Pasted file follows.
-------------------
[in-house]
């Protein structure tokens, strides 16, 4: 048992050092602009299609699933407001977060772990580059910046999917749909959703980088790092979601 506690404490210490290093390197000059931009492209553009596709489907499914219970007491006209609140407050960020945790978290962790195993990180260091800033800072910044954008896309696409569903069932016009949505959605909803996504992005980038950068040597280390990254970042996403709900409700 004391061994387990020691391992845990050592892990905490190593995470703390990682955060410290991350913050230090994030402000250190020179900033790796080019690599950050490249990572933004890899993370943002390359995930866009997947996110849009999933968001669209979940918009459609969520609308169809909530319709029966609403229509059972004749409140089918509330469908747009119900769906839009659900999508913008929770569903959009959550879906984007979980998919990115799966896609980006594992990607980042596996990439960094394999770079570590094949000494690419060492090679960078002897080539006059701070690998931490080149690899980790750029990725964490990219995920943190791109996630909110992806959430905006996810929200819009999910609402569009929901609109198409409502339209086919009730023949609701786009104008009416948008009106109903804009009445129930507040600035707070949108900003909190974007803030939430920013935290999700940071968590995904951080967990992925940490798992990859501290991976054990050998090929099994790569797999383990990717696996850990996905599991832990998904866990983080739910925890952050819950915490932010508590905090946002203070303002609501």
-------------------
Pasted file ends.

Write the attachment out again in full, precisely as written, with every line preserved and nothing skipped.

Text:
[in-house]
């Protein structure tokens, strides 16, 4: 048992050092602009299609699933407001977060772990580059910046999917749909959703980088790092979601 506690404490210490290093390197000059931009492209553009596709489907499914219970007491006209609140407050960020945790978290962790195993990180260091800033800072910044954008896309696409569903069932016009949505959605909803996504992005980038950068040597280390990254970042996403709900409700 004391061994387990020691391992845990050592892990905490190593995470703390990682955060410290991350913050230090994030402000250190020179900033790796080019690599950050490249990572933004890899993370943002390359995930866009997947996110849009999933968001669209979940918009459609969520609308169809909530319709029966609403229509059972004749409140089918509330469908747009119900769906839009659900999508913008929770569903959009959550879906984007979980998919990115799966896609980006594992990607980042596996990439960094394999770079570590094949000494690419060492090679960078002897080539006059701070690998931490080149690899980790750029990725964490990219995920943190791109996630909110992806959430905006996810929200819009999910609402569009929901609109198409409502339209086919009730023949609701786009104008009416948008009106109903804009009445129930507040600035707070949108900003909190974007803030939430920013935290999700940071968590995904951080967990992925940490798992990859501290991976054990050998090929099994790569797999383990990717696996850990996905599991832990998904866990983080739910925890952050819950915490932010508590905090946002203070303002609501």